What to Know About Recycling Oil

Medically Reviewed by Dany Paul Baby, MD on January 17, 2023
5 min read

Performing your own car maintenance is a satisfying and impressive talent. Changing your car’s oil is a standard do-it-yourself task, but many people don’t know the importance of recycling oil. 

The basic recipe for motor oil is a base oil plus additives. Synthetic motor oil has chemically modified components to make it cleaner and more efficient.

What is base oil? Base oil is a refined crude oil. Crude oil is the hydrocarbon mixture that’s pulled from the ground.

What additives are in motor oil? Motor oil lubricates your engine’s parts so that the engine runs. Additives in motor oil help the motor oil do certain jobs better.

For example, motor oil helps keep the engine’s parts clean. Modern motor oils may have detergent added to improve the oil’s ability to remove and suspend dirt in the oil.

Motor oil will be around 70% to 90% base oil, while the rest is additives. The additives in your motor oil will depend on the brand and goal of the motor oil.

What happens to motor oil? Motor oil is persistent and degrades slowly. It doesn’t wear out, but it gets contaminated with dirt, moisture, and other chemicals.

The oil stops doing its job efficiently once the oil is too dirty. That’s why you need an oil change.

If you change your oil at home, don’t toss the used oil in the trash or pour it out somewhere. Improper disposal of used motor oil can cause detrimental damage to the environment.

Water contamination. Motor oil can contaminate water supplies. A gallon of motor oil (about the amount left over from an oil change) can contaminate 1 million gallons of water.

Danger to animals. Contaminated water can harm animal populations. Oil is viscous and can stick to the fins, feathers, and hair of an animal.

A contaminated source of water can cause animals to move. Animals moving to other areas can cause damage to ecosystems. 

Why is motor oil dangerous? Insolubility, persistence, and slow degradation is a recipe for a dangerous material. These features mean that motor oil can contaminate water for a long time.

The additives in modern motor oil can exacerbate the oil’s toxicity in the environment.

Most people know about recycling plastic bottles and tin cans, but recycling motor oil is one of the best forms of recycling. Motor oil never gets old, only dirty, so it’s a perfect candidate for recycling. 

It’s not only your car’s oil! You can recycle oil from all sorts of vehicles, like boats and lawnmowers.

You can also recycle other vehicle fluids, like hydraulic oil, transmission fluid, and antifreeze. If you’re performing a lot of car maintenance, keep the chemicals separate for recycling or safe disposal. 

Motor oil recycling process. You can’t recycle oil yourself. It needs to go to a special facility that recycles the oil. 

Since the oil is dirty, the recycling process is a complex way of removing the contaminants. The primary method of recycling motor oil is called vacuum distillation.

The oil is boiled in a powerful vacuum to separate the oil molecules from everything else. The process is similar to distilling alcohol to make spirits.

Hydrotreating or solvent extraction processes follow vacuum distillation. These follow-up processes remove trace contaminants that weren’t removed through distillation.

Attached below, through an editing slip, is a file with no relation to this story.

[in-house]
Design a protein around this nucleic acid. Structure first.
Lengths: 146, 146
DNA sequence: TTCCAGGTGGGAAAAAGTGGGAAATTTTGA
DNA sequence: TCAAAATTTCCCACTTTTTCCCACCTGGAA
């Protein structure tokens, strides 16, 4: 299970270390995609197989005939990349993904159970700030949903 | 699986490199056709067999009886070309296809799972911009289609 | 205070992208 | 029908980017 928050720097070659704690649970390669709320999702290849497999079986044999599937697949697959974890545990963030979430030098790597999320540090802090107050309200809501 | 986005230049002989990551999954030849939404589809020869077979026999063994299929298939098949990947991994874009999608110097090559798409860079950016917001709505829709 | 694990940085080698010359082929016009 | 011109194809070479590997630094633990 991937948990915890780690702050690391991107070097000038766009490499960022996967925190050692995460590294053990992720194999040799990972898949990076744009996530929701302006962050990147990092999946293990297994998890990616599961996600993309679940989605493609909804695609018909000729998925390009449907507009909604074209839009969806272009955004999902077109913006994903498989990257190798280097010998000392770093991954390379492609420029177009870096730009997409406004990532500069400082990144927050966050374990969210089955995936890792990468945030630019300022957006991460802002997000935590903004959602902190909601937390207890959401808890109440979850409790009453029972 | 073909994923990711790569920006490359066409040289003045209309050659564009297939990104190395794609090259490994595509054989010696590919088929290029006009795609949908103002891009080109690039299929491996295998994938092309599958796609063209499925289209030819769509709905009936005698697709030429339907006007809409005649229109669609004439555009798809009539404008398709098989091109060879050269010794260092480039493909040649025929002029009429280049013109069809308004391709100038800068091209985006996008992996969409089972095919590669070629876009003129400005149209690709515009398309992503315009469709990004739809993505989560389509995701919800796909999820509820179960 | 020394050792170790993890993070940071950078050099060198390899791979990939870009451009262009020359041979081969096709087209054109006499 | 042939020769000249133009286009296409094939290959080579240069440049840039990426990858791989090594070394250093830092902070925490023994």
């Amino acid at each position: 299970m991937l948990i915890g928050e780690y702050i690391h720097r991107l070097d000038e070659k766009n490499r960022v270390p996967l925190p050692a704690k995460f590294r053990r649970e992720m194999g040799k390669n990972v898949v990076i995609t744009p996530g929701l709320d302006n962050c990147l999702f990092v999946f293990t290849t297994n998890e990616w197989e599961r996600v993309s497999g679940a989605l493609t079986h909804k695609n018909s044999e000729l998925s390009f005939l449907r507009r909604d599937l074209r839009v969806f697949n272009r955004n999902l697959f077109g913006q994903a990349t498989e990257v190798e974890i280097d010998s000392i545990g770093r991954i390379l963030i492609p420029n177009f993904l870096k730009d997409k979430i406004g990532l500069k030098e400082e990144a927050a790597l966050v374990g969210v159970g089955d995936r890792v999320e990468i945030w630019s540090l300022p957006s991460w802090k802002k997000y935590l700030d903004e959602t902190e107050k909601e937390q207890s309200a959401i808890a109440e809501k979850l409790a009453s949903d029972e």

What is recycled oil used for? The oil after recycling is a re-refined base oil that’s as good as refined oil. The recyclers sell it back to companies to mix with additives for use as motor oil.

Used oil may be used to power large machinery instead of being recycled. It can be burned by industrial boilers for fuel at power plants or other industrial sites.

Benefits of recycling motor oil. Recycling motor oil keeps it out of the environment. Producing re-refined oil takes less energy than refining crude oil, so it’s better for the environment.

Crude oil comes from plant and animal remains from millions of years ago. It’s a finite resource that can last longer with oil recycling.  

Re-refined oil is as good as refined oil. It must meet the same standards as refined oil and doesn’t change the performance of the vehicle.

If you’re changing your car’s oil at home, you’ll need to send the oil off for recycling. 

Store in a clean container. Pour the old oil into a container using a funnel so none of it pours onto the ground. The container should be clean and have a tight lid like an empty water jug.

Avoid containers that once held chemical cleaners or other car fluids. They can contaminate the oil and make it harder to recycle. 

If you’re an avid do-it-yourself car technician, you may end up with a lot of used car fluids, like brake fluid. Don’t mix them with the oil, or it can’t be recycled.

Recycle the filter. The oil filter can be hazardous like motor oil, so you’ll need to take it to recycling with your used oil. Drain the oil from the filter and set it aside for recycling.

Once you have your oil in a container, oil filter drained, and car up and running, you’ll need to have your oil recycled. 

Recycle your oil. You have a few options to recycle your oil that you’ll need to research. Your local service stations and mechanics may collect used oil and filter.

You can contact your local trash and waste collectors. Some of them may accept used oil, which you might be able to leave on the curb for pickup.

Lastly, check with your local government agencies in charge of waste management. They can inform you on where to take your used oil for recycling.

Many people who change their car’s oil don’t realize that motor oil needs to be recycled. Luckily, there are many systems in place to make sure you can recycle your oil and keep it out of the environment.